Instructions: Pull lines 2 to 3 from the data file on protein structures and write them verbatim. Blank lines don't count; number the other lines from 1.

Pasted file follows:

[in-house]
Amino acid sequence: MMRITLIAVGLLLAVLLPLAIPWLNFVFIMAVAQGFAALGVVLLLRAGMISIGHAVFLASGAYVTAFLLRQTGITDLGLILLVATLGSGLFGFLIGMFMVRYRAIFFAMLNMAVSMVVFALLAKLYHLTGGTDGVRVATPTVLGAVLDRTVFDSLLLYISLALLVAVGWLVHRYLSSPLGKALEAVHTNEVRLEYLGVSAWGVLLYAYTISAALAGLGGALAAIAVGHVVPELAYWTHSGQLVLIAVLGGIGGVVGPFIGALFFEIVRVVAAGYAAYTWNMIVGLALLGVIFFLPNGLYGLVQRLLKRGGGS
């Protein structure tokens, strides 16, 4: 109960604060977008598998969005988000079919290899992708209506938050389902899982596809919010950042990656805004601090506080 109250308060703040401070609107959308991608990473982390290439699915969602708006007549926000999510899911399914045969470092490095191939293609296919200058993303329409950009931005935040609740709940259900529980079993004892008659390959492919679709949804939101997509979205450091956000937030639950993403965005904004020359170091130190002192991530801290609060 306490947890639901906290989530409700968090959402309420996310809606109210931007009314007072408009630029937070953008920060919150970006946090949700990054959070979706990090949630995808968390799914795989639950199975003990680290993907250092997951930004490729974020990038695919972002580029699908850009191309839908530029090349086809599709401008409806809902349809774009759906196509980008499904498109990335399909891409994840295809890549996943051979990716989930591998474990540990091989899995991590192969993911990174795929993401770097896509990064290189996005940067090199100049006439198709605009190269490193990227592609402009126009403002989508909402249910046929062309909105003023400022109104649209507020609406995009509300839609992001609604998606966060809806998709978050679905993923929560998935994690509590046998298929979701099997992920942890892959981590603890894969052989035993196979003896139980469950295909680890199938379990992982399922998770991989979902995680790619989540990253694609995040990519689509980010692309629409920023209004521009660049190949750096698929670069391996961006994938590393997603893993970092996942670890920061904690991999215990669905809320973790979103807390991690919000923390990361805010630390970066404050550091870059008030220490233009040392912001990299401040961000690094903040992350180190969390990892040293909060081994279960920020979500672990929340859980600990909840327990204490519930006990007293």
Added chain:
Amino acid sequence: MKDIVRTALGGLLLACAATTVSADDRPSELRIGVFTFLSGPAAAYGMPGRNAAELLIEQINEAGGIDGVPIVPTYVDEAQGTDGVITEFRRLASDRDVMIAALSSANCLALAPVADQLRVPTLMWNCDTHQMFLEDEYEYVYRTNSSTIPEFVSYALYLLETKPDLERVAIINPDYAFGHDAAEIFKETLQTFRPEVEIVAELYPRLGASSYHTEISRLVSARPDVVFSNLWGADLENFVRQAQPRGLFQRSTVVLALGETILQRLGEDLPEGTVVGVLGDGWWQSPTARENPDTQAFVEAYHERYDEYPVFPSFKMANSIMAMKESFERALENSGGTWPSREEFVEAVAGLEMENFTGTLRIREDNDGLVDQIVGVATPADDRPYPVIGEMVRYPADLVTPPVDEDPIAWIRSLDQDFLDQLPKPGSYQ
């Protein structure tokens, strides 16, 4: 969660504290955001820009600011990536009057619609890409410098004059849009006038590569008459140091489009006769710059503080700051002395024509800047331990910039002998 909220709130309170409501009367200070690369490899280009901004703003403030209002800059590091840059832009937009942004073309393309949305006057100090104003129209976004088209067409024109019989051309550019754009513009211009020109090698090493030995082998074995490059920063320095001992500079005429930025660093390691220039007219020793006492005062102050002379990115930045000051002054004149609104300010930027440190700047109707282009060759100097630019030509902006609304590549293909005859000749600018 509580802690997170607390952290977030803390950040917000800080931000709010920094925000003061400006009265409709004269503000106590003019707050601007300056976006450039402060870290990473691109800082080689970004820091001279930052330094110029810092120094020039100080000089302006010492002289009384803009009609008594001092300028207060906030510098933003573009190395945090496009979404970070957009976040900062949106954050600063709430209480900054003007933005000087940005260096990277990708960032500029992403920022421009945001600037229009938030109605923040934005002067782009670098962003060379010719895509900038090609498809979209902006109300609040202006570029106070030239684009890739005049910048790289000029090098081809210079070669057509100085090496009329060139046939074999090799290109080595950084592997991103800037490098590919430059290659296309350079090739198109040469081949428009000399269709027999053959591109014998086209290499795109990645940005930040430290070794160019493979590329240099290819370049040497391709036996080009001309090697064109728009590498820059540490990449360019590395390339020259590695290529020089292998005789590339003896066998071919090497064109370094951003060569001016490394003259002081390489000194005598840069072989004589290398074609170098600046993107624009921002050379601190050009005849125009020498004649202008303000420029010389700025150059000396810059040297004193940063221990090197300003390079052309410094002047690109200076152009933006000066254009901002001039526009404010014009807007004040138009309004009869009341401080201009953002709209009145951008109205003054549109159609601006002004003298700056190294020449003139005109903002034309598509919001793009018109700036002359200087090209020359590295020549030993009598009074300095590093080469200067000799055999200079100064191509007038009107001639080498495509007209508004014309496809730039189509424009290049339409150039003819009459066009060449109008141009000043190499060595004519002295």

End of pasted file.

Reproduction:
Amino acid sequence: MMRITLIAVGLLLAVLLPLAIPWLNFVFIMAVAQGFAALGVVLLLRAGMISIGHAVFLASGAYVTAFLLRQTGITDLGLILLVATLGSGLFGFLIGMFMVRYRAIFFAMLNMAVSMVVFALLAKLYHLTGGTDGVRVATPTVLGAVLDRTVFDSLLLYISLALLVAVGWLVHRYLSSPLGKALEAVHTNEVRLEYLGVSAWGVLLYAYTISAALAGLGGALAAIAVGHVVPELAYWTHSGQLVLIAVLGGIGGVVGPFIGALFFEIVRVVAAGYAAYTWNMIVGLALLGVIFFLPNGLYGLVQRLLKRGGGS
């Protein structure tokens, strides 16, 4: 109960604060977008598998969005988000079919290899992708209506938050389902899982596809919010950042990656805004601090506080 109250308060703040401070609107959308991608990473982390290439699915969602708006007549926000999510899911399914045969470092490095191939293609296919200058993303329409950009931005935040609740709940259900529980079993004892008659390959492919679709949804939101997509979205450091956000937030639950993403965005904004020359170091130190002192991530801290609060 306490947890639901906290989530409700968090959402309420996310809606109210931007009314007072408009630029937070953008920060919150970006946090949700990054959070979706990090949630995808968390799914795989639950199975003990680290993907250092997951930004490729974020990038695919972002580029699908850009191309839908530029090349086809599709401008409806809902349809774009759906196509980008499904498109990335399909891409994840295809890549996943051979990716989930591998474990540990091989899995991590192969993911990174795929993401770097896509990064290189996005940067090199100049006439198709605009190269490193990227592609402009126009403002989508909402249910046929062309909105003023400022109104649209507020609406995009509300839609992001609604998606966060809806998709978050679905993923929560998935994690509590046998298929979701099997992920942890892959981590603890894969052989035993196979003896139980469950295909680890199938379990992982399922998770991989979902995680790619989540990253694609995040990519689509980010692309629409920023209004521009660049190949750096698929670069391996961006994938590393997603893993970092996942670890920061904690991999215990669905809320973790979103807390991690919000923390990361805010630390970066404050550091870059008030220490233009040392912001990299401040961000690094903040992350180190969390990892040293909060081994279960920020979500672990929340859980600990909840327990204490519930006990007293």